Women, allyship and equity in financial literacy
8 March 2023
Legitimacy in business, advice for female entrepreneurs, allyship and equity in financial literacy are just a few of the topics discussed in an interview with Girls That Invest founder Simran Kaur for International Women's Day.
Simran Kaur's journey from optometry student to best-selling author, popular podcaster and everything in between is highlighted in a women's day discussion with professor Chris Woods, director of the Aotearoa Centre for Enterprising Women and Theresa Gattung Chair for Women in Entrepreneurship.
At a young age Simran became aware of the power imbalance between men and women, and says that in part, her desire for financial literacy stemmed from her experiences as a young woman in a patriarchal culture.
"I was a very strong feminist growing up, and I cared about having independence. I think this came from realising that there was a huge power imbalance between men and women, often fuelled by a financial imbalance," she says.
"I remember going to a party and a woman there, a kind of aunty figure, asked me what I would like to be when I grew up. I was about eight years old, and I thought I should probably say a doctor or something healthcare related. My parents were beside me, so I figured I should probably say something smart. And I remember the aunty saying, 'You should be an optometrist; that's a good career because when you grow up, and when it comes to getting married or choosing a partner, you can say no, because you have more options'.
"I thought it was an odd thing to say. But I started to see what she meant.
"In a culture that was so patriarchal having money meant you could say, well, I can stand on my own two feet. I don't need to say yes to that guy, or, I don't need that terrible job where my boss makes me uncomfortable. I don't need to maybe stay in a family situation where I'm being disrespected, or I'm unsafe. And so, the desire to be financially literate myself came from a very personal experience."
I'm not the first one to write a book or create a podcast on financial literacy. But I'm one of the first to put considerable emphasis on equitable outcomes.
Simran, who was passionate about healthcare, math and science, did eventually decide to embark on optometry studies, but near the end of her degree she began to set her sights on something a little different.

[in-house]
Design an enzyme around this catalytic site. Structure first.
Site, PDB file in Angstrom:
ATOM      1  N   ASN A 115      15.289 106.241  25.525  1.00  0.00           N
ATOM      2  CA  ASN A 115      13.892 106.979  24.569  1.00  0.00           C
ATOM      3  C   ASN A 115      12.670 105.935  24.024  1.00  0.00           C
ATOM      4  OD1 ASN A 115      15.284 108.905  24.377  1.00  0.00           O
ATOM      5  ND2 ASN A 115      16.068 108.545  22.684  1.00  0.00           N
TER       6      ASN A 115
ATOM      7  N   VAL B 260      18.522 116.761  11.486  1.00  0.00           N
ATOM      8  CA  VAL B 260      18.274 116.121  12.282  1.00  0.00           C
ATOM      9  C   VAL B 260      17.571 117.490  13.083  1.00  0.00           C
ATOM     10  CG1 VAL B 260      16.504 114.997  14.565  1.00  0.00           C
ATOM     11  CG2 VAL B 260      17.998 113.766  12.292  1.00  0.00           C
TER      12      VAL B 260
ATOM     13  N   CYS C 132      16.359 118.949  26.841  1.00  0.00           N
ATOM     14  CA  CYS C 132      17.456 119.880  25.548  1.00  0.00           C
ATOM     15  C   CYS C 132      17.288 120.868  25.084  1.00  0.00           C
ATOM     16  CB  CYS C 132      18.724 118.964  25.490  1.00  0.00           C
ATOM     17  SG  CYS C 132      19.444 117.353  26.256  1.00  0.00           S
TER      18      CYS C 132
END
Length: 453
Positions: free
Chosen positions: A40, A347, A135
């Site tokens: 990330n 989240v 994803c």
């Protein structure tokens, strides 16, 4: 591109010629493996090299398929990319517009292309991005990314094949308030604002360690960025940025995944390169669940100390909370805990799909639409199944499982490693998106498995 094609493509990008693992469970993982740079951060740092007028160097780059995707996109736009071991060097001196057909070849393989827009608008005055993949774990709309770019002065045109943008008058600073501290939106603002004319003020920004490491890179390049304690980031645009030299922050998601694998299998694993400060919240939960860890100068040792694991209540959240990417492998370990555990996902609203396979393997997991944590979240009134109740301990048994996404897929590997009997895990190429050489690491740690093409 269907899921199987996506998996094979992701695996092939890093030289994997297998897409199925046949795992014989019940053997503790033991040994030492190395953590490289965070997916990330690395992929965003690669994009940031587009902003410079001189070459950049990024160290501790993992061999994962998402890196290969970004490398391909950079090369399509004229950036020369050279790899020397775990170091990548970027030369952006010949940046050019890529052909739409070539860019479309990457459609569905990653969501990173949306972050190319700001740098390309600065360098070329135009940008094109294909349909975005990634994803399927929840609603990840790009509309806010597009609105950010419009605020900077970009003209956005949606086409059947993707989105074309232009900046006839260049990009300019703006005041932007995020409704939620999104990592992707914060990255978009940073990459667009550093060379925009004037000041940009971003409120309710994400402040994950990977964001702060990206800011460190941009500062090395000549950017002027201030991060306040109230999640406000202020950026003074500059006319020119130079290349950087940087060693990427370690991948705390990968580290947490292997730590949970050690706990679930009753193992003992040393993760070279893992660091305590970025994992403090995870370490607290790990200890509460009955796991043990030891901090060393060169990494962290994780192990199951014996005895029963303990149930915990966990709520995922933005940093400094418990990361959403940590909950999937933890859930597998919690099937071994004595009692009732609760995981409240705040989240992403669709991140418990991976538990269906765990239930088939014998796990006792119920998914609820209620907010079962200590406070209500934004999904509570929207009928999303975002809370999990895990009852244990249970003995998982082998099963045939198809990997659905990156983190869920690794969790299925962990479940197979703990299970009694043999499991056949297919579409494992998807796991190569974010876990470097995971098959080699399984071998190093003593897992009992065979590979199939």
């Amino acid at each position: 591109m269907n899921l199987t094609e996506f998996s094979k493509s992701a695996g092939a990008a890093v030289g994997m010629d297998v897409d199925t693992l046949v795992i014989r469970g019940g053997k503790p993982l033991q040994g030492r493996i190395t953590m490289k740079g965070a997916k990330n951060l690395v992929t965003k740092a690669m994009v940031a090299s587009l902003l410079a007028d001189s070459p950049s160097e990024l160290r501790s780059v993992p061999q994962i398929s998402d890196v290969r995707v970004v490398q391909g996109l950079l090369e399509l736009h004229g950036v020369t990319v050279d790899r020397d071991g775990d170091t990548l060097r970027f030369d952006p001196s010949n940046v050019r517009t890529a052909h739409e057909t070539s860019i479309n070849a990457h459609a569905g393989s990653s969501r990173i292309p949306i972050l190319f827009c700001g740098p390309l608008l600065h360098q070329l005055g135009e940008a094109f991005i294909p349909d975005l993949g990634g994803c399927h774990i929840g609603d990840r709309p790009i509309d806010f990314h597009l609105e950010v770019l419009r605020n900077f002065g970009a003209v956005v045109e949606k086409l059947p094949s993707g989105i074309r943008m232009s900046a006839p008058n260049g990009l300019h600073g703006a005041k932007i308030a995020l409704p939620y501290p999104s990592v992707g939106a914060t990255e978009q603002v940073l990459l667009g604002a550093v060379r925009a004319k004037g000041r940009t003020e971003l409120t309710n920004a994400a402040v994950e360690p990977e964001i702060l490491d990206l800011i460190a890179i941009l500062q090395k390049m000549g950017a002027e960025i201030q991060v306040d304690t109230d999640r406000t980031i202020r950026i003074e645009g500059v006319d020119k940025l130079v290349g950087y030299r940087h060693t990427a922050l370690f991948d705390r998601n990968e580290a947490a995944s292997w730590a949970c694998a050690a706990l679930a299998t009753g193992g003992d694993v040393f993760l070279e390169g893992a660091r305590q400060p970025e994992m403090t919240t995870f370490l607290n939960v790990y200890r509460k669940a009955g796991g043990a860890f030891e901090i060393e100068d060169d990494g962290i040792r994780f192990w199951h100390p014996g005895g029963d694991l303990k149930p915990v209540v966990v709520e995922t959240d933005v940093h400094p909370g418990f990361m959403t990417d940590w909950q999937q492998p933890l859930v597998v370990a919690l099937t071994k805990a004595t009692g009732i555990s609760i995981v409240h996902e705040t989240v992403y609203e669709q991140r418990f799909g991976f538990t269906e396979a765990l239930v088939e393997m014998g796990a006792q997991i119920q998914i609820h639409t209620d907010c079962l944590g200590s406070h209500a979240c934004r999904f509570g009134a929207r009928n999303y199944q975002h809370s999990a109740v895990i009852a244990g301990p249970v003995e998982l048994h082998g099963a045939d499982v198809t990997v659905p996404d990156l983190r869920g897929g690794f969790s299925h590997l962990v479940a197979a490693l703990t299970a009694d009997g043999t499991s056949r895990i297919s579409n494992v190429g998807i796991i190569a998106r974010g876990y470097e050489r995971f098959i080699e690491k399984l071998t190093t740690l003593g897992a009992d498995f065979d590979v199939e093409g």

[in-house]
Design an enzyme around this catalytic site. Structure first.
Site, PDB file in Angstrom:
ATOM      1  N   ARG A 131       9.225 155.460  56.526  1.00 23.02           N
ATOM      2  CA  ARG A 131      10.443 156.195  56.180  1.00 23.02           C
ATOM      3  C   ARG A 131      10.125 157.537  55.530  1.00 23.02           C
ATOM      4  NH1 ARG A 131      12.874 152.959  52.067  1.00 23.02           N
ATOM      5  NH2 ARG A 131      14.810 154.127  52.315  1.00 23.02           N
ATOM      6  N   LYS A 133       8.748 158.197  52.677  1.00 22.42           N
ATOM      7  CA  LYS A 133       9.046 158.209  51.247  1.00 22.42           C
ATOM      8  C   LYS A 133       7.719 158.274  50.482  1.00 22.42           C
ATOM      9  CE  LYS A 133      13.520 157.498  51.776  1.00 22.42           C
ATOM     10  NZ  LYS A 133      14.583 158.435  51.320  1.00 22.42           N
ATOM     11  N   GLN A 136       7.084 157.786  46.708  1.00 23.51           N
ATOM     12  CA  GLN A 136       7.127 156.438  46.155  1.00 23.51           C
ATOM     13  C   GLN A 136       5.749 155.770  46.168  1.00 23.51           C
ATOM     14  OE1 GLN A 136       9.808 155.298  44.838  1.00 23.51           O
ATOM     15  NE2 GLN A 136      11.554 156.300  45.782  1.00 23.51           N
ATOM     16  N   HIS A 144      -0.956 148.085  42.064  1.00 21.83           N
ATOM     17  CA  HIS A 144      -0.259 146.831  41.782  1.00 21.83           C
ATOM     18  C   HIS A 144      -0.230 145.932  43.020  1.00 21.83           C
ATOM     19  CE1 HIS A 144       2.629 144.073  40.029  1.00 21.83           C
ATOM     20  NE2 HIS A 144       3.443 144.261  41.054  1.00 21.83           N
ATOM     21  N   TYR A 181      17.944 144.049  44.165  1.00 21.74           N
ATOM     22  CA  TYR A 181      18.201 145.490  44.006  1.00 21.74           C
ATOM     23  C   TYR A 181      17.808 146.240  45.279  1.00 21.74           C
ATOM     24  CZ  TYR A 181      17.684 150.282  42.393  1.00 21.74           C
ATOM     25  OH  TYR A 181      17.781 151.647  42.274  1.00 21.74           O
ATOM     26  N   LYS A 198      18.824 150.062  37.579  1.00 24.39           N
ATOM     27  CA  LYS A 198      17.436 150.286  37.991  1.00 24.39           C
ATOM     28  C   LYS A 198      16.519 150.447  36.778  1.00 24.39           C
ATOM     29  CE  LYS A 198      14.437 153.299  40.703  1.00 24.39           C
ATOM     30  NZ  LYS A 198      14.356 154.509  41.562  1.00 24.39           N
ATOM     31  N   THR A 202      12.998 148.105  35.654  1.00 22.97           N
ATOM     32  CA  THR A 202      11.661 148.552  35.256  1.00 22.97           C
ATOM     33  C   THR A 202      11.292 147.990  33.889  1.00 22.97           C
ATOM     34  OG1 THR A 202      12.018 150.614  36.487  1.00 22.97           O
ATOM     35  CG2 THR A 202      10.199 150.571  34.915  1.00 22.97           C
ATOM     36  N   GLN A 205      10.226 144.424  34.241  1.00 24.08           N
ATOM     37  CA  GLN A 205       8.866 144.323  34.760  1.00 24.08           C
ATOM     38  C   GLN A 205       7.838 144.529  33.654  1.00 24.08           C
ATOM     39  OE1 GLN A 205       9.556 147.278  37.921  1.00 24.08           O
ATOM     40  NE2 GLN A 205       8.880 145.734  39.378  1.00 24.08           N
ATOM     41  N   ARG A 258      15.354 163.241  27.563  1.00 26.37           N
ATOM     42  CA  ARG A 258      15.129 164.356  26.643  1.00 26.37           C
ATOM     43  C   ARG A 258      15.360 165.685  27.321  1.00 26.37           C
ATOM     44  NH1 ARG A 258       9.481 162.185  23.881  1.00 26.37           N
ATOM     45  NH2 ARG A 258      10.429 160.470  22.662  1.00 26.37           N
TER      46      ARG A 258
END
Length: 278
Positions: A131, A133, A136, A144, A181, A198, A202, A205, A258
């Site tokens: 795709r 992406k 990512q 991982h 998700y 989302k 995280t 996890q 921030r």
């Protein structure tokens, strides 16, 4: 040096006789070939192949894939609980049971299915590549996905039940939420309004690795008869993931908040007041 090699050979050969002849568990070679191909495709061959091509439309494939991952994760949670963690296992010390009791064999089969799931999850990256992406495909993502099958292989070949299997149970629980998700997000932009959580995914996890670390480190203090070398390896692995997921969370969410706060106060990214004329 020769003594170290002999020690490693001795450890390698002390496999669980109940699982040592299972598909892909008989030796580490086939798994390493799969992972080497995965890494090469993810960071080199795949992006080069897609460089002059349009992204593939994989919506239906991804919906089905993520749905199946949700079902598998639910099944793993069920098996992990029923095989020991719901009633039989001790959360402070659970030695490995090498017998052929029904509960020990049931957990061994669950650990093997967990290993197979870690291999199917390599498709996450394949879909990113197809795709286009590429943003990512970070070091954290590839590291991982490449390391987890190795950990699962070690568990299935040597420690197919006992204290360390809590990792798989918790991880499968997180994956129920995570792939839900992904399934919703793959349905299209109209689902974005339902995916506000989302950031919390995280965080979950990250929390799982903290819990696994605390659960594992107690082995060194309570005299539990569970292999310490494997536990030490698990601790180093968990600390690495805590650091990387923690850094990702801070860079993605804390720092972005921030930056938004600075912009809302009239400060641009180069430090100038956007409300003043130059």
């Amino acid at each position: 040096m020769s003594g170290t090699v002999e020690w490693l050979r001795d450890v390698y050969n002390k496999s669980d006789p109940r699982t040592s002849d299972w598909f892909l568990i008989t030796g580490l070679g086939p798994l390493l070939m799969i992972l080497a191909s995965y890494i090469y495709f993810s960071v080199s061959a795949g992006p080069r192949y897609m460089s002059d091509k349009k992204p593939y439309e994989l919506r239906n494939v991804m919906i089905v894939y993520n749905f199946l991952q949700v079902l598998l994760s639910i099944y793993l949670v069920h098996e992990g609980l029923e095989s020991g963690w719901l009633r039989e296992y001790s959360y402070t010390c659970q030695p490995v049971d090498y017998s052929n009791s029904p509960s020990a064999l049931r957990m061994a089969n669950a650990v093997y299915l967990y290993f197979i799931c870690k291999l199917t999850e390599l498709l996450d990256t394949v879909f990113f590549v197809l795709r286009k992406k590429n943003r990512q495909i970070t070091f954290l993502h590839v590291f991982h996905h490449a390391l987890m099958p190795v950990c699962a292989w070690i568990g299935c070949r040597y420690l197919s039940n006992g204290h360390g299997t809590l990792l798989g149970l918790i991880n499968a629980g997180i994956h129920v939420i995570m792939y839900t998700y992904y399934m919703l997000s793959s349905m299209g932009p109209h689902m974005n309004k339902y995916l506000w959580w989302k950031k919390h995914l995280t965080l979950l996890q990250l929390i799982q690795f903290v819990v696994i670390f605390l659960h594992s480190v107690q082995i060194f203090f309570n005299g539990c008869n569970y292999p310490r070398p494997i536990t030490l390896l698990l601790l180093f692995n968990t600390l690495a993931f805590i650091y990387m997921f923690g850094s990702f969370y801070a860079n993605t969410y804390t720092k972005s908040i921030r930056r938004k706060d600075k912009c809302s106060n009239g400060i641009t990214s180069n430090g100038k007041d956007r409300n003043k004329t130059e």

"Near the end of my degree, I took an international business elective and a marketing elective, and I really found quite a passion for it. I went further and studied financial markets online through Yale, which was very interesting. And that's when I thought, this stuff is really easy. Why is no one teaching us this?"
This was the beginning of Girls That Invest, which has become a global movement and destination for women to learn about financial literacy. The seven-figure business includes a top international podcast, a bestselling book, and a six-week investing masterclass. Meanwhile, Kaur aspires to one day deploy capital back into the world.
"I'd like to imagine that in the next ten years, Girls That Invest starts providing some kind of incubator or accelerator, something that puts money back into female entrepreneurs' hands because, you know, nothing bad happens when women have more money."
Another topic raised as part of the women's day interview, one that holds a lot of interest for Professor Woods from the perspective of working with Māori as a Pakeha woman, is allyship.
"I think allyship is so important," says Simran. "I grew up as a hyper-independent woman, which I think many female business owners tend to be. So I kind of thought, it's on me; I'm on my own, I can do this myself, and I don't necessarily need outside help. That's kind of how I began my journey. But I have to say, I've learned that the opposite is true. And that having allyship, from men, from other groups of people, has been huge to our success."
With the theme of International Women's Day 2023 being about embracing equity, Dr Woods and Simran also discuss how Girls That Invest is helping to raise the bar in terms of targeting materials that help to develop financial literacy towards girls and women.
"I love that this year's topic is about equity," says Simran.
"I'm not the first one to write a book or create a podcast on financial literacy. But I'm one of the first to put considerable emphasis on equitable outcomes. Women don't invest as often as we should, and we don't get as much access to financial literacy."
She says if we want to push for equity, we have to take a few more steps forward "and really push for a certain group of people and consider the language, the tone, the colours, the faces, the brand message.
"This should scream; 'I'm meant to be allowed here. This is for me', and then we'll have women, people of colour, and minorities turning up in these spaces; otherwise, they won't."
Watch the full interview.
Sophie Boladeras | Media adviser
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